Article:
Allegiant, the third chapter in the ongoing Divergent series, was a terrible movie. On that, we should all be able to agree. It was poorly reviewed. It earned less than half of the U.S. take of the first movie. And it had many questioning whether or not the fourth and final movie in the series, Ascendant, should even happen. Well, it turns out there was a reason why Allegiant was so bad. The studio rushed on it, so they could hit a release date.
This bombshell of a reveal comes from Lionsgate CEO Jon Feltheimer, who was speaking on a conference call and admitted, via The Wrap:
I mean, that’s one excuse for the abysmal "special" effects and nonsensical plotting of Divergent: Allegiant, a story that found Tris (Shailene Woodley) breaking free of her native Chicago with a small band of rebels to see what was waiting for them on the opposite side of the wall. What they found was David (Jeff Daniels), a dangerous adversary who has been tracking Tris’ progress in Chicago, and who has a much bigger plan in play for her than she ever realized.
There are so many things that I don’t understand about Feltheimer’s statement, though. Seeing as how Allegiant is the third series in a four-part movie franchise – and was GOING to be a four-part movie franchise almost from the beginning – why wasn’t Team Divergent doing pre-production on parts three and four during Divergent: Insurgent, which came out in 2015? The existence of Allegiant wasn’t a surprise. It was part of the plan all along. Also, while the movie needed a script, it’s being based on an existing novel, so the beats of the story should already have been worked out. Why did they need to rush?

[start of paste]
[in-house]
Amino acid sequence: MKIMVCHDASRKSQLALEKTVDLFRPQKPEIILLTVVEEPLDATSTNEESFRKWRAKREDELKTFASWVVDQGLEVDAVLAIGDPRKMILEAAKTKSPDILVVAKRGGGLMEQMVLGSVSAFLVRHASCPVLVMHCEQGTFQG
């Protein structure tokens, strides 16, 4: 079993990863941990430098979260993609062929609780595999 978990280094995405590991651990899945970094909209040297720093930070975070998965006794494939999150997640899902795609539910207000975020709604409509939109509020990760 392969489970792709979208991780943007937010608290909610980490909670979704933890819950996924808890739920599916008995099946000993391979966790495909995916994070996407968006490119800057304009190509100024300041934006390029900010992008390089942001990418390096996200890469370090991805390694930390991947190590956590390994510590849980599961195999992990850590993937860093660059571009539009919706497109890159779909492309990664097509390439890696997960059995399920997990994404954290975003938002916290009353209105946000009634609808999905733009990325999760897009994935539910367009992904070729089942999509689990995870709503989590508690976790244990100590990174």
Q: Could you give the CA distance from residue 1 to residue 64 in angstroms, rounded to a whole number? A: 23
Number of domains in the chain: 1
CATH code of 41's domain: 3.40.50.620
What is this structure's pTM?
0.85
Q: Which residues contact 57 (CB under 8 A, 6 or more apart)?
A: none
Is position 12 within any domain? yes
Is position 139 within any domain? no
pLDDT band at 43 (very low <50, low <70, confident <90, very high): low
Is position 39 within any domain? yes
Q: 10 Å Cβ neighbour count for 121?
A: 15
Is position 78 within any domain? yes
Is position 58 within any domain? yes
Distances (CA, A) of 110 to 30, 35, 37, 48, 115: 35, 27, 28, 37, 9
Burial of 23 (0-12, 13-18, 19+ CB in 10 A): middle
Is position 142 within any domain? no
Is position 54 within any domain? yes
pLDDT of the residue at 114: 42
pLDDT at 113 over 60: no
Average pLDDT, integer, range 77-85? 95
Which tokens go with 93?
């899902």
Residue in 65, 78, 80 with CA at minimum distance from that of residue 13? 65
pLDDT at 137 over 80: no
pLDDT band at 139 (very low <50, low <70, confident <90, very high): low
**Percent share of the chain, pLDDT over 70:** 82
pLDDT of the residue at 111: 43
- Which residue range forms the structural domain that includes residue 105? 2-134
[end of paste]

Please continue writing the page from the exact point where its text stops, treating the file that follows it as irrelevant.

This, too, is puzzling. The same director, Robert Schwentke, transitioned from Insurgent to Allegiant. The same cast transitioned, as well. Some of the same Chicago sets were used, so if anything, Allegiant should have had a leg up on its predecessors. Lionsgate should have had PLENTY of time to deliver a suitable sequel. Really, I want to know why the franchise had to rush on this one. I’m deeply confused.
Part of this speaks to the problem that is caused when studios announce release dates for sequels long before they have the parts in place to produce said film. There is a growing need for studios to piss on a date ad scare off any potential rivals… but then it creates a ticking clock that in the head of a director, which tends to produce unsatisfactory results.
Schwentke, for his part, walked away from the Divergent series after Allegiant, and while Lee Toland Krieger agreed to helm Ascendant, we haven’t heard much as we get closer to the June 9, 2017 release date. Will it actually happen? Your guess is as good as mine.
Managing Director at CinemaBlend. ReelBlend cohost. A movie junkie who's Infatuated with comic-book films. Helped get the Snyder Cut released, then wrote a book about it.
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